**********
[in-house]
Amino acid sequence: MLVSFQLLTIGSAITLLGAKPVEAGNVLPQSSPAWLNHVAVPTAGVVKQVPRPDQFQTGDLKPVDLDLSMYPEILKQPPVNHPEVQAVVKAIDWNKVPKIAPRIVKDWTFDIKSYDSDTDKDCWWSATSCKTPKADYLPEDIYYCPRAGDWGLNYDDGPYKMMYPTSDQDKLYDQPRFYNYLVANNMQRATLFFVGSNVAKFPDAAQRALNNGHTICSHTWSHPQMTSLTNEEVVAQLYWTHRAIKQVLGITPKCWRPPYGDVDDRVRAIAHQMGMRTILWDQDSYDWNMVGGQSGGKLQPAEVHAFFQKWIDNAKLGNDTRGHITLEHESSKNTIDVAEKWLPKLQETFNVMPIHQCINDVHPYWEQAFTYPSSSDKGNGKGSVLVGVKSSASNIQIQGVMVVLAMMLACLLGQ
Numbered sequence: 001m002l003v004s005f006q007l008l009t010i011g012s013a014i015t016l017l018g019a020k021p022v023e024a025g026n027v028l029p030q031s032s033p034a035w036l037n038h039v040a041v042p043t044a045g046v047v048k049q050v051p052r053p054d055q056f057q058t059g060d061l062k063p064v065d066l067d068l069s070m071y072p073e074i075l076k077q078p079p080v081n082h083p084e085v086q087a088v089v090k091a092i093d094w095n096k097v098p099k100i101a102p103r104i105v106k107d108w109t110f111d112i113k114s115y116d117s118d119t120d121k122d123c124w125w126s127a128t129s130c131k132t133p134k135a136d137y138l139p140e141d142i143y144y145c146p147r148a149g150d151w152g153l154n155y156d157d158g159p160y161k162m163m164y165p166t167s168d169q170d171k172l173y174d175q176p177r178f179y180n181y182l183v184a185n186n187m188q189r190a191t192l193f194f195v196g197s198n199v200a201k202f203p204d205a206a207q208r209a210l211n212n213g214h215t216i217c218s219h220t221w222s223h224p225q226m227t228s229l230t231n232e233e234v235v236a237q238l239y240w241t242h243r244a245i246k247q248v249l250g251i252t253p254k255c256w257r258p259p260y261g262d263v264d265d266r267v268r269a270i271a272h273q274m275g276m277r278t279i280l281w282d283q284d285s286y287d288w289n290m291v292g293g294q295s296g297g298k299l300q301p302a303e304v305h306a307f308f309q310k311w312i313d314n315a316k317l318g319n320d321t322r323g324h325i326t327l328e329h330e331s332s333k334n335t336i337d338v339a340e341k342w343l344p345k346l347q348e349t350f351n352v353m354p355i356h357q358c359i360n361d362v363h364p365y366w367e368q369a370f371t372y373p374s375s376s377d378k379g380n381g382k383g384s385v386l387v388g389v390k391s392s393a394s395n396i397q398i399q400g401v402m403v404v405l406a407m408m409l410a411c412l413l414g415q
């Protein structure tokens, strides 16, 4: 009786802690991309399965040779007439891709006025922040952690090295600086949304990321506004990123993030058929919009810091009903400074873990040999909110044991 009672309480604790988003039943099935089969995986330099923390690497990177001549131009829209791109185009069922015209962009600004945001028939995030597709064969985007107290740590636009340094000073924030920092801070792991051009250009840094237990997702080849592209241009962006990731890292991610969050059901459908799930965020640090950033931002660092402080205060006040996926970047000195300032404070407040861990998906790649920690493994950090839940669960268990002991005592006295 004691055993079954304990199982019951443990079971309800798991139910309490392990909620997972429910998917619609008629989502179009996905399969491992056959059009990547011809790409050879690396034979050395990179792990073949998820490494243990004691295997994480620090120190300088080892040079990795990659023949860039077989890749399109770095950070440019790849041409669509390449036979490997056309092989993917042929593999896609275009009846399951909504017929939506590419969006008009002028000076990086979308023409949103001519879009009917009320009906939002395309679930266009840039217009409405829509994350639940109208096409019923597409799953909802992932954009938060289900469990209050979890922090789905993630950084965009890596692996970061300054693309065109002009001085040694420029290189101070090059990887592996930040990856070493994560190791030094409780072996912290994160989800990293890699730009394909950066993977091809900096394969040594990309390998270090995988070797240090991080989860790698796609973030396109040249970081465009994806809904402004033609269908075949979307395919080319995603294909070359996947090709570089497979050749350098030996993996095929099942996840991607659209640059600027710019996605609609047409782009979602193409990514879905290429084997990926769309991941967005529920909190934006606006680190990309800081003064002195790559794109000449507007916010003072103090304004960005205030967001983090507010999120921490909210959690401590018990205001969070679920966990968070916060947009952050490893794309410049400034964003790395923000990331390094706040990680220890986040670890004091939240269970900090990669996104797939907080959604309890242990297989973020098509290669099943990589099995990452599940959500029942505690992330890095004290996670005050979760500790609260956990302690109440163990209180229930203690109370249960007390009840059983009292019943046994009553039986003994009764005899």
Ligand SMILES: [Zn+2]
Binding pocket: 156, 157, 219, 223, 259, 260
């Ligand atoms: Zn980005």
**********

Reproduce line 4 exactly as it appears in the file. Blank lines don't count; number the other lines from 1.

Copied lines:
């Protein structure tokens, strides 16, 4: 009786802690991309399965040779007439891709006025922040952690090295600086949304990321506004990123993030058929919009810091009903400074873990040999909110044991 009672309480604790988003039943099935089969995986330099923390690497990177001549131009829209791109185009069922015209962009600004945001028939995030597709064969985007107290740590636009340094000073924030920092801070792991051009250009840094237990997702080849592209241009962006990731890292991610969050059901459908799930965020640090950033931002660092402080205060006040996926970047000195300032404070407040861990998906790649920690493994950090839940669960268990002991005592006295 004691055993079954304990199982019951443990079971309800798991139910309490392990909620997972429910998917619609008629989502179009996905399969491992056959059009990547011809790409050879690396034979050395990179792990073949998820490494243990004691295997994480620090120190300088080892040079990795990659023949860039077989890749399109770095950070440019790849041409669509390449036979490997056309092989993917042929593999896609275009009846399951909504017929939506590419969006008009002028000076990086979308023409949103001519879009009917009320009906939002395309679930266009840039217009409405829509994350639940109208096409019923597409799953909802992932954009938060289900469990209050979890922090789905993630950084965009890596692996970061300054693309065109002009001085040694420029290189101070090059990887592996930040990856070493994560190791030094409780072996912290994160989800990293890699730009394909950066993977091809900096394969040594990309390998270090995988070797240090991080989860790698796609973030396109040249970081465009994806809904402004033609269908075949979307395919080319995603294909070359996947090709570089497979050749350098030996993996095929099942996840991607659209640059600027710019996605609609047409782009979602193409990514879905290429084997990926769309991941967005529920909190934006606006680190990309800081003064002195790559794109000449507007916010003072103090304004960005205030967001983090507010999120921490909210959690401590018990205001969070679920966990968070916060947009952050490893794309410049400034964003790395923000990331390094706040990680220890986040670890004091939240269970900090990669996104797939907080959604309890242990297989973020098509290669099943990589099995990452599940959500029942505690992330890095004290996670005050979760500790609260956990302690109440163990209180229930203690109370249960007390009840059983009292019943046994009553039986003994009764005899």